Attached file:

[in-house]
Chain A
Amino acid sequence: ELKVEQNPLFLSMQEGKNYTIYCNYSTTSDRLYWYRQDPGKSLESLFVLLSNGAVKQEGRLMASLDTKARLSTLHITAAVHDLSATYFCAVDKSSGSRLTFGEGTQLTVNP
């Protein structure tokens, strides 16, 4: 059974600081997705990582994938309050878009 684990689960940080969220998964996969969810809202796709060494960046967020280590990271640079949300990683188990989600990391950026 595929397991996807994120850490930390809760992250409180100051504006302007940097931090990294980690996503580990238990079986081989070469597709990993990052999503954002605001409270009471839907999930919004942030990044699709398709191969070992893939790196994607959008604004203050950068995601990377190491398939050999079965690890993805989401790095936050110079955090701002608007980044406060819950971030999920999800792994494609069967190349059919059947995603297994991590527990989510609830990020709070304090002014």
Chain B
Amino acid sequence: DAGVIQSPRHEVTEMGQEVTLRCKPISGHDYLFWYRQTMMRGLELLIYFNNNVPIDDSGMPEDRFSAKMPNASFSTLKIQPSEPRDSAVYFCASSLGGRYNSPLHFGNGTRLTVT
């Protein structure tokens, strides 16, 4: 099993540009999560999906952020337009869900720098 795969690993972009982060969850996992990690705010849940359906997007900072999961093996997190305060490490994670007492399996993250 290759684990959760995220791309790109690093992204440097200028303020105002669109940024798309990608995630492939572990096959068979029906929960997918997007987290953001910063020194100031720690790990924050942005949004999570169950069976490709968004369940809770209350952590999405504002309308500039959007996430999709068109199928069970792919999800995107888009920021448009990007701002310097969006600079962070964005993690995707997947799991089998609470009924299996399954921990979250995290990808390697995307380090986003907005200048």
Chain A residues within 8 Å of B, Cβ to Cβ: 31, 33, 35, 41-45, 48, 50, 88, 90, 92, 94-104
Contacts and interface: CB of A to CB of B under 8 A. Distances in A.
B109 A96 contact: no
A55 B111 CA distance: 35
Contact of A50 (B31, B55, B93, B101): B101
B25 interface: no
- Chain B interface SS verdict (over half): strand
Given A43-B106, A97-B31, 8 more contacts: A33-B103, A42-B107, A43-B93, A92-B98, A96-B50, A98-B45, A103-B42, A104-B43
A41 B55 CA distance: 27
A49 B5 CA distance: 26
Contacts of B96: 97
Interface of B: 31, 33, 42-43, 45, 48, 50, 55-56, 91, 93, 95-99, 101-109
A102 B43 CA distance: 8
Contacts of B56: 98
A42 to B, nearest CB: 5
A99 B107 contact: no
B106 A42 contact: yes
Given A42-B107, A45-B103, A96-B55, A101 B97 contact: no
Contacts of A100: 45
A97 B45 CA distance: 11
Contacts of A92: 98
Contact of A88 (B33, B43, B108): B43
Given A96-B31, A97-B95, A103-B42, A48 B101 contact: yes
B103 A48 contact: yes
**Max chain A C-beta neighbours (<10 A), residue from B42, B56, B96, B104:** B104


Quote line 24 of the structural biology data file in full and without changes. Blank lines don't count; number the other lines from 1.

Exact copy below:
B106 A42 contact: yes